Cryptocurrency Entrepreneur Charged with $8.75 Million Extortion
A cryptocurrency entrepreneur has been charged with extorting an unnamed, Seattle-based digital asset startup. Steven Nerayoff stands accused of threatening to “wreck the company” should the firm not meet his demands of more than $8 million.
Nerayoff was reportedly brought on by the company as an advisor to help form partnerships and attract investors. He was due to be rewarded handsomely for his work, but reportedly ended up demanding a far larger payment accompanied by threats.
Entrepreneur Faces Up to 20 Years for Cryptocurrency Startup Exploitation
According to a report in the Seattle Times, early cryptocurrency entrepreneur and advocate Steven Nerayoff agreed to help the Seattle-based startup, referred to in the federal charges as “Company 1”, in 2017. Nerayoff was tasked with writing the firm’s whitepaper and helping to craft its public image. He was due to receive a massive 22.5 percent of both the total number of tokens issued by the company and the same percentage of any funding raised.
Given that the firm received $16 million from seed funding, Nerayoff should have been paid $3.7 million for his work. However, he reportedly demanded almost half of all the seed money – $8.75 million under the threat that he would “sabotage the crowdsale, generate negative press … and use his contacts with influential people to ‘destroy’” the company. The startup reportedly paid up an extra $3.78 million in Ether (ETH) tokens to Nerayoff at this time.
Later, the complaint states that Nerayoff upped his demands. During the cryptocurrency market crash of 2018, he demanded the firm pay him another 350 million tokens in its own cryptocurrency. He then asked for a loan of $4.45 million in March 2018, which was eventually paid. Nerayoff reportedly failed to return any of the borrowed funds.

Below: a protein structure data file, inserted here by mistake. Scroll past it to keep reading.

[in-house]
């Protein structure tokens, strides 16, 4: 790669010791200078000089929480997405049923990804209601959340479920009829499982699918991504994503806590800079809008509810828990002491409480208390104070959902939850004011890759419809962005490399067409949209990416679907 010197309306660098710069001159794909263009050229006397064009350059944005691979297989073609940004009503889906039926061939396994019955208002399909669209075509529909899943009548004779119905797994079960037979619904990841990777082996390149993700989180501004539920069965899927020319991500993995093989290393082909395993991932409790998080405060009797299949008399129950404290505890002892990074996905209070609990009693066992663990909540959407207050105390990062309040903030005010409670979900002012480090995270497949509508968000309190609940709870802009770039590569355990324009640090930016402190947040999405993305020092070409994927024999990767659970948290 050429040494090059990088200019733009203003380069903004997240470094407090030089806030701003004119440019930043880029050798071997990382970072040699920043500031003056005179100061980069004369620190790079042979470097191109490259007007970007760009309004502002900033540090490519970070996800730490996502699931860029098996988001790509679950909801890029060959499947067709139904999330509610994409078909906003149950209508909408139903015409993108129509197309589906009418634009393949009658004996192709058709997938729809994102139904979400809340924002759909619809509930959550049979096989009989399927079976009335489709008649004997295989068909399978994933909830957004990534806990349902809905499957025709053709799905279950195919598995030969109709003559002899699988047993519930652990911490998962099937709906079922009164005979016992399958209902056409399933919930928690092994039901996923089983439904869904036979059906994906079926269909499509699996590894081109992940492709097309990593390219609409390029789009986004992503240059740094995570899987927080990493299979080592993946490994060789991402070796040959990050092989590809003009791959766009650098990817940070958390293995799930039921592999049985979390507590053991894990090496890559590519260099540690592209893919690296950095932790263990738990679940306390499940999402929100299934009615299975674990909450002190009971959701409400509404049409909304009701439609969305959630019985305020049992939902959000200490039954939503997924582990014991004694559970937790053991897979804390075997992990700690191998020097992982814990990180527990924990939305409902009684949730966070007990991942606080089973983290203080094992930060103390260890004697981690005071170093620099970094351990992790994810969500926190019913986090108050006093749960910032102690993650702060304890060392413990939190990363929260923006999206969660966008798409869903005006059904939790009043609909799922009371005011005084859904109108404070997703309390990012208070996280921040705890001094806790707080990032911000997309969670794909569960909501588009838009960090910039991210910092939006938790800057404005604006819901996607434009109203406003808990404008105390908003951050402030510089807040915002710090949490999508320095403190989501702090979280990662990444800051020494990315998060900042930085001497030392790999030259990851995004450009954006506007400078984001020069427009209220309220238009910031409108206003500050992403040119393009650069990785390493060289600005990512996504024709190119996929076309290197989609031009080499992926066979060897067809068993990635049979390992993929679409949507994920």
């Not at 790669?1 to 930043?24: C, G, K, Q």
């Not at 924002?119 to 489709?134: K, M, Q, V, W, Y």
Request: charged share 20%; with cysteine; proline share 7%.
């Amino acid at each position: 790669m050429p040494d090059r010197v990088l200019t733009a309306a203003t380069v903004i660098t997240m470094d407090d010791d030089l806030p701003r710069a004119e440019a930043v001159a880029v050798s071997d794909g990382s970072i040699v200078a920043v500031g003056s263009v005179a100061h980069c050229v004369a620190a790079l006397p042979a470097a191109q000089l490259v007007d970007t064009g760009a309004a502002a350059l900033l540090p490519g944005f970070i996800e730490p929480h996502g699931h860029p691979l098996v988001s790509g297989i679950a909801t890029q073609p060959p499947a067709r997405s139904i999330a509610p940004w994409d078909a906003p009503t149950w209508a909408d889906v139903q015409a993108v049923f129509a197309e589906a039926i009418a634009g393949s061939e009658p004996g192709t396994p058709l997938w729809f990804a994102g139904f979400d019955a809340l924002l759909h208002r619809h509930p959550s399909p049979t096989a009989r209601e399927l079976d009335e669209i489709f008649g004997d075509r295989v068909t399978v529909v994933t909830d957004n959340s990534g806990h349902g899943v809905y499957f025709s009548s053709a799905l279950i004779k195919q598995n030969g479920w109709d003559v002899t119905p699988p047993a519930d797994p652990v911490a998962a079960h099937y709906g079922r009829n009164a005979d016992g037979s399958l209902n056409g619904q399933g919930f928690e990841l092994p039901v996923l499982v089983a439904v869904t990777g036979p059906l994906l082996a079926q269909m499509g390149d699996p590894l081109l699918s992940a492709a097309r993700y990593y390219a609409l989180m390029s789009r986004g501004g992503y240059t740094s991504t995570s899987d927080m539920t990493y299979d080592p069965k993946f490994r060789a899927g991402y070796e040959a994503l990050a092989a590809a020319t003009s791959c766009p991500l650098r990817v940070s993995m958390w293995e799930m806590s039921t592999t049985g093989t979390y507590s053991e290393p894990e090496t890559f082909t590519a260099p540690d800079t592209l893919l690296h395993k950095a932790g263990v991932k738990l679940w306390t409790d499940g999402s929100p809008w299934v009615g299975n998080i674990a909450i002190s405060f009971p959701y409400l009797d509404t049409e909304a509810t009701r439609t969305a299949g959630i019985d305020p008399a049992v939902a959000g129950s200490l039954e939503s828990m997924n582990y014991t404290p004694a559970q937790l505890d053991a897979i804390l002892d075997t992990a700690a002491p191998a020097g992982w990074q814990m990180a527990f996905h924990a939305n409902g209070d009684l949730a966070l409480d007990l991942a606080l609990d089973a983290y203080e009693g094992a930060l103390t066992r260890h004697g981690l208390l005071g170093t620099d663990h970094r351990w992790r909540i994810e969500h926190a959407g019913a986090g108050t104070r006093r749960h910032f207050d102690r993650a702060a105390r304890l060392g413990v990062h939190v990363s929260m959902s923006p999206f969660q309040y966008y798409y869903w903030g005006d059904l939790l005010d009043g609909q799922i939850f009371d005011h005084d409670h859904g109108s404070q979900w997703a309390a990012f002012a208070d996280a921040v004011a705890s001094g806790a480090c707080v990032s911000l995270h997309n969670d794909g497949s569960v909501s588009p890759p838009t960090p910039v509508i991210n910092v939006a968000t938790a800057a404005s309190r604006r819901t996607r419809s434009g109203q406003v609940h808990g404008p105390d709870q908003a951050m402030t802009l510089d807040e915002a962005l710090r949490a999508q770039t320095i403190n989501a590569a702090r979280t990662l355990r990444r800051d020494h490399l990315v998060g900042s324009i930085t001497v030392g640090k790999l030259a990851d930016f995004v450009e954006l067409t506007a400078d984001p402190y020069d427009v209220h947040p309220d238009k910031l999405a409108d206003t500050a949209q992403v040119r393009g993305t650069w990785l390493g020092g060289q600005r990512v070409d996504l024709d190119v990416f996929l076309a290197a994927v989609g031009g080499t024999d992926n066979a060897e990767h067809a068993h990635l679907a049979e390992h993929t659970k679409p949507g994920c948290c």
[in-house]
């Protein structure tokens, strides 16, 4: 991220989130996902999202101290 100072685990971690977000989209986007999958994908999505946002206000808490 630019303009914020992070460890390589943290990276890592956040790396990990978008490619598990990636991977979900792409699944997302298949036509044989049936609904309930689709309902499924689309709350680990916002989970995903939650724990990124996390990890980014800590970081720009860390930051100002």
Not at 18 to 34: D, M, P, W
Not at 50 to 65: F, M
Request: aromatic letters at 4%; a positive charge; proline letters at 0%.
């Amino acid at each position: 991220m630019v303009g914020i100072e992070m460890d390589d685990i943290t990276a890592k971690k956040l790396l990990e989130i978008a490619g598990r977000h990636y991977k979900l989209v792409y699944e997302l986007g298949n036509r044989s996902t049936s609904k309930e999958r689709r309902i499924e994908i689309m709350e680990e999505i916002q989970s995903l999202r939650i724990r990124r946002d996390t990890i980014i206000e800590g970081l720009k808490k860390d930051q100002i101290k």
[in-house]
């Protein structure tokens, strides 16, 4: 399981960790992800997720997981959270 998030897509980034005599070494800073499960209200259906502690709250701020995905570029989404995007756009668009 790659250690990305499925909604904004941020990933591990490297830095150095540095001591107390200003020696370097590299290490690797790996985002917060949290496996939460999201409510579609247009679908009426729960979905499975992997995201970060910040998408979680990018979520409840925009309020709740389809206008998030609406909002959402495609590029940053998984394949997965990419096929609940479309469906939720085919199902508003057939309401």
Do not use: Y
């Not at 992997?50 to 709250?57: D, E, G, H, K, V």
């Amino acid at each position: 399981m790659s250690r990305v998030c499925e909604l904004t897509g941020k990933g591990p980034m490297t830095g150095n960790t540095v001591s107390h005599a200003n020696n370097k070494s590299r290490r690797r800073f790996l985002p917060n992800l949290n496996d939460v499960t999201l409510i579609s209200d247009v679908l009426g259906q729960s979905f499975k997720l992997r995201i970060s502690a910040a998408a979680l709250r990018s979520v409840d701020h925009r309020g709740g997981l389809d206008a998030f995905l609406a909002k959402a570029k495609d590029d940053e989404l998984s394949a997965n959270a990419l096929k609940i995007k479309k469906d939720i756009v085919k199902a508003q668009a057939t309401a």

The complaint states that he enlisted the help of his “operations guy”, Michael Hlady, to make further demands. Hlady has a suitably intimidating past, having reportedly served in the Irish Republican Army, the National Security Agency, the Central Intelligence Agency, and the Federal Bureau of Investigations. Amongst other efforts at exortion, Hlady is believed to have made threats against the family of the chief operating officer at Company 1. He reportedly said that he knew which school her daughter attended in a threatening context.
Both Nerayoff and Hlady were arrested for the reported extortions on Tuesday of this week. If found guilty, they could face up to 20 years in prison. For now, however, both are out on bail – Nerayoff for $750,000 and Hlady for $50,000.
Nerayoff’s legal representation has reportedly refuted the charges, arguing that Company 1 owed their client money and, rather than pay up, they had simply fabricated the story presented to the federal court. NewsBTC will bring you more on this story as it develops.
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